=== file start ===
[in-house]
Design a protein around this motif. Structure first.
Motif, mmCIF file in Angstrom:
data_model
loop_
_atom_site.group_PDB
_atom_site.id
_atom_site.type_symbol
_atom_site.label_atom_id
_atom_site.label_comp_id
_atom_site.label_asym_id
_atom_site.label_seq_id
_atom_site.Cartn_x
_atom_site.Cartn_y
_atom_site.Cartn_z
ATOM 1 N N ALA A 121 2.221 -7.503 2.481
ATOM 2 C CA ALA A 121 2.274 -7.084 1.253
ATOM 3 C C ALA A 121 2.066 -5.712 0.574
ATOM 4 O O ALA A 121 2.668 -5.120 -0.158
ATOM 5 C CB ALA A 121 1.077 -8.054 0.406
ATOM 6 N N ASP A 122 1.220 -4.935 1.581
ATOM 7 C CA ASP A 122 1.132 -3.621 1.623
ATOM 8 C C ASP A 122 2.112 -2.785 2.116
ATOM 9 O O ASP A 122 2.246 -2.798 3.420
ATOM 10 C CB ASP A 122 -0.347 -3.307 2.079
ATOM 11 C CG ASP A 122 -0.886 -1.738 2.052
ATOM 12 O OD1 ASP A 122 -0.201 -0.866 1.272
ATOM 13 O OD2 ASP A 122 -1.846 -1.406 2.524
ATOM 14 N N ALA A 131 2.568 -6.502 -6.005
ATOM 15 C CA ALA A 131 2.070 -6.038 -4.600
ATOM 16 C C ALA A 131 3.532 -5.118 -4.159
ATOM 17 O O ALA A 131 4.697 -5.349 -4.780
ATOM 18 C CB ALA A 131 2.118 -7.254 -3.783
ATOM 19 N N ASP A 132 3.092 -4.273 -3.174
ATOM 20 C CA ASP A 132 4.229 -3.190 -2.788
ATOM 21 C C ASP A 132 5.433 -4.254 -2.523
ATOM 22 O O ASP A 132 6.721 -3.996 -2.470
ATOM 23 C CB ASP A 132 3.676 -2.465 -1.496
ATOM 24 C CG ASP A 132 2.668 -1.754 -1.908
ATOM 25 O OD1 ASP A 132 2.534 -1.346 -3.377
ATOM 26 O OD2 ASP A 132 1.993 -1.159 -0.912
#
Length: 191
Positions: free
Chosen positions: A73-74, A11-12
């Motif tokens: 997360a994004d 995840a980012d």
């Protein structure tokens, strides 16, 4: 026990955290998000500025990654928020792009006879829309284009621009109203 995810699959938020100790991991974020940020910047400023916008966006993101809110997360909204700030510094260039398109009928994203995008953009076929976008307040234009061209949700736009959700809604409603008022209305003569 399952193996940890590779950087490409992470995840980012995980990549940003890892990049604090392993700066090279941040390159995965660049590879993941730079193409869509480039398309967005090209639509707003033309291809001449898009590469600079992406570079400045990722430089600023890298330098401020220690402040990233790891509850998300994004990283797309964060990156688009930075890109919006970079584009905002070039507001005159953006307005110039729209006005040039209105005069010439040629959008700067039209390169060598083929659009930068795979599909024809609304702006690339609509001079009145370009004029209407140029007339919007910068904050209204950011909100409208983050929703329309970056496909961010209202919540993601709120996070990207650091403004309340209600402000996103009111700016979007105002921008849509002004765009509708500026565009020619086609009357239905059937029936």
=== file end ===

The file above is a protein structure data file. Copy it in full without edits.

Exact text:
[in-house]
Design a protein around this motif. Structure first.
Motif, mmCIF file in Angstrom:
data_model
loop_
_atom_site.group_PDB
_atom_site.id
_atom_site.type_symbol
_atom_site.label_atom_id
_atom_site.label_comp_id
_atom_site.label_asym_id
_atom_site.label_seq_id
_atom_site.Cartn_x
_atom_site.Cartn_y
_atom_site.Cartn_z
ATOM 1 N N ALA A 121 2.221 -7.503 2.481
ATOM 2 C CA ALA A 121 2.274 -7.084 1.253
ATOM 3 C C ALA A 121 2.066 -5.712 0.574
ATOM 4 O O ALA A 121 2.668 -5.120 -0.158
ATOM 5 C CB ALA A 121 1.077 -8.054 0.406
ATOM 6 N N ASP A 122 1.220 -4.935 1.581
ATOM 7 C CA ASP A 122 1.132 -3.621 1.623
ATOM 8 C C ASP A 122 2.112 -2.785 2.116
ATOM 9 O O ASP A 122 2.246 -2.798 3.420
ATOM 10 C CB ASP A 122 -0.347 -3.307 2.079
ATOM 11 C CG ASP A 122 -0.886 -1.738 2.052
ATOM 12 O OD1 ASP A 122 -0.201 -0.866 1.272
ATOM 13 O OD2 ASP A 122 -1.846 -1.406 2.524
ATOM 14 N N ALA A 131 2.568 -6.502 -6.005
ATOM 15 C CA ALA A 131 2.070 -6.038 -4.600
ATOM 16 C C ALA A 131 3.532 -5.118 -4.159
ATOM 17 O O ALA A 131 4.697 -5.349 -4.780
ATOM 18 C CB ALA A 131 2.118 -7.254 -3.783
ATOM 19 N N ASP A 132 3.092 -4.273 -3.174
ATOM 20 C CA ASP A 132 4.229 -3.190 -2.788
ATOM 21 C C ASP A 132 5.433 -4.254 -2.523
ATOM 22 O O ASP A 132 6.721 -3.996 -2.470
ATOM 23 C CB ASP A 132 3.676 -2.465 -1.496
ATOM 24 C CG ASP A 132 2.668 -1.754 -1.908
ATOM 25 O OD1 ASP A 132 2.534 -1.346 -3.377
ATOM 26 O OD2 ASP A 132 1.993 -1.159 -0.912
#
Length: 191
Positions: free
Chosen positions: A73-74, A11-12
């Motif tokens: 997360a994004d 995840a980012d």
């Protein structure tokens, strides 16, 4: 026990955290998000500025990654928020792009006879829309284009621009109203 995810699959938020100790991991974020940020910047400023916008966006993101809110997360909204700030510094260039398109009928994203995008953009076929976008307040234009061209949700736009959700809604409603008022209305003569 399952193996940890590779950087490409992470995840980012995980990549940003890892990049604090392993700066090279941040390159995965660049590879993941730079193409869509480039398309967005090209639509707003033309291809001449898009590469600079992406570079400045990722430089600023890298330098401020220690402040990233790891509850998300994004990283797309964060990156688009930075890109919006970079584009905002070039507001005159953006307005110039729209006005040039209105005069010439040629959008700067039209390169060598083929659009930068795979599909024809609304702006690339609509001079009145370009004029209407140029007339919007910068904050209204950011909100409208983050929703329309970056496909961010209202919540993601709120996070990207650091403004309340209600402000996103009111700016979007105002921008849509002004765009509708500026565009020619086609009357239905059937029936």